Sunday, October 20, 2013

"It's Not About the Nail"

Some of you probably have seen a certain YouTube video making the rounds. If you haven’t seen it yet, you need to click on this link and watch the 1 min. 42 sec. video before reading the rest of this posting.
Written and produced by Jason Headley, the above-mentioned video is titled “It’s Not About the Nail.” It was sent to me by a family member who referred to it (on the email subject line) as “Fun (and short) video clip -- worth watching.”
Online comments include such words as “hilarious,” “LOL,” and “cracking up” – along with many more serious and some sarcastic comments.
In my reply to those on the family distro, I wrote, “Well, I thought this video was interesting, but I didn't think it was funny.” And, “It seems to me that sometimes just listening/understanding isn't enough and not particularly helpful.”
The response from the one who initiated the conversation: “Sometimes no matter how right you may be, if you cannot connect empathically with the other person, it is all for naught and they will not hear your truth.” I agree. But sometimes people will not listen to reason even if you do connect empathically.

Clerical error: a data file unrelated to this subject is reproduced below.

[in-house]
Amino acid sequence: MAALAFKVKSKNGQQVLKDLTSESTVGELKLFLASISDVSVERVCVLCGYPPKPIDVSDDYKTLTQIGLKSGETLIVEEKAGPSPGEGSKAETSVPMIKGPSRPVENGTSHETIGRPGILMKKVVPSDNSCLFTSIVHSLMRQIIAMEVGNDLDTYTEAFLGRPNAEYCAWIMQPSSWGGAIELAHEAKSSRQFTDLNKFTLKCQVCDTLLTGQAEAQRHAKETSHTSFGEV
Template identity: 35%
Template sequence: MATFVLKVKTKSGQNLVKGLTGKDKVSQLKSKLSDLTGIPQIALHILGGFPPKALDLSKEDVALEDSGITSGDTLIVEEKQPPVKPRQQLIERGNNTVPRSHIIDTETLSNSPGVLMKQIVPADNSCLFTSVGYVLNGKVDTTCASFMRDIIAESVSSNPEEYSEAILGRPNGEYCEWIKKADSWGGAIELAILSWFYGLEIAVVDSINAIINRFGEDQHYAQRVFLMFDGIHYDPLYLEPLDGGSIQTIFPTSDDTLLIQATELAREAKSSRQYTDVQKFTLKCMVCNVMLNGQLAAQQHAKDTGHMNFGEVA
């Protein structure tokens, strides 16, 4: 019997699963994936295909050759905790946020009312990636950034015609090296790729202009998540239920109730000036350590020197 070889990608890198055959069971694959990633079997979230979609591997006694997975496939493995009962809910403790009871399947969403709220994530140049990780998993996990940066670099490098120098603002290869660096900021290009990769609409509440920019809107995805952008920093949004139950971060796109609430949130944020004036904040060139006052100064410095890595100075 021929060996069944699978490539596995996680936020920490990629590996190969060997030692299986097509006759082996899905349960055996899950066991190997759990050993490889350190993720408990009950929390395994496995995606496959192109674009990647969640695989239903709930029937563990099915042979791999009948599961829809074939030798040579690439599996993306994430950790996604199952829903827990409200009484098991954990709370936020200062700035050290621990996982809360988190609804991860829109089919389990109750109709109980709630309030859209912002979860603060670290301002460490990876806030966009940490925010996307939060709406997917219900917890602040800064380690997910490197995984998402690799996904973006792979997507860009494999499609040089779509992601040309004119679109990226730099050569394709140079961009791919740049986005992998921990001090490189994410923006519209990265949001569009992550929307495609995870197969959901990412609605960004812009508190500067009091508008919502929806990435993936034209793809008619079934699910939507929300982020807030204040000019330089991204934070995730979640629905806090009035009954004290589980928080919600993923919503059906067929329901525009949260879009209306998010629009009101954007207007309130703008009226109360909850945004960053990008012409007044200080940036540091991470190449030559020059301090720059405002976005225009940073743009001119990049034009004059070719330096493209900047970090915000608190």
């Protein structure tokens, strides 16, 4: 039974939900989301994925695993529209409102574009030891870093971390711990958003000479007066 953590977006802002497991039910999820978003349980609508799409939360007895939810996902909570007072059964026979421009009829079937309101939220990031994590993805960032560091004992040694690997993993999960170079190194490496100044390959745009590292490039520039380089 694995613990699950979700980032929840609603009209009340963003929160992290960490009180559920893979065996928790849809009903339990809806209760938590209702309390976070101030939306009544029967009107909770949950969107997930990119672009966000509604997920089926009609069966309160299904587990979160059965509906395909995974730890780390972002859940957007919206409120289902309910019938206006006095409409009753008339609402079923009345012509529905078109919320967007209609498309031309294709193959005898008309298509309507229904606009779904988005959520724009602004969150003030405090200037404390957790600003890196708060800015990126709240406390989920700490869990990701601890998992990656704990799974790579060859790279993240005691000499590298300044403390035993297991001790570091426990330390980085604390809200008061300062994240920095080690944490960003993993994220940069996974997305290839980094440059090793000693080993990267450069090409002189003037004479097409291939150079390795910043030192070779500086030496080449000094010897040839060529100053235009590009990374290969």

That’s the reason I didn’t think the video was funny. The guy seems to have listened quite well. But that didn’t seem to help overcome the pain the woman in the video was experiencing. As my oldest granddaughter wrote, “Maybe it’s just that sometimes people just have to face facts in their own time.” Probably so. But sometimes we may need to confront others.
This discussion brought to mind the fine book “Caring Enough to Confront” (1973; 3rd ed., 2009) by Mennonite theologian David Augsburger (b. 1938). In the Preface, Augsburger writes, “If I love you, I must tell you the truth” (p. iii).
Of course, the truth must be expressed carefully and with compassion. That is why Augsburger’s first chapter is called “Care-fronting: A Creative Way Through Conflict.” Putting care and confrontation together provides “the unique combination of truth and love that is necessary for building human relationships” (p. 9)
Empathic listening is important in showing others that we care about them, and usually any communication is enhanced by really paying attention to the other’s pain and fears. Once we help others know that we really care about them, then perhaps we can help them solve the problems they are facing or the fears they are wrestling with.
The old saying is doubtlessly true in many cases: “People don’t care how much we know until they know how much we care.”
Empathetic listening is important in families and among close friends. And certainly it needs to be practiced wherever, and especially whenever, there are conflicts—at home, among friends, at work and elsewhere.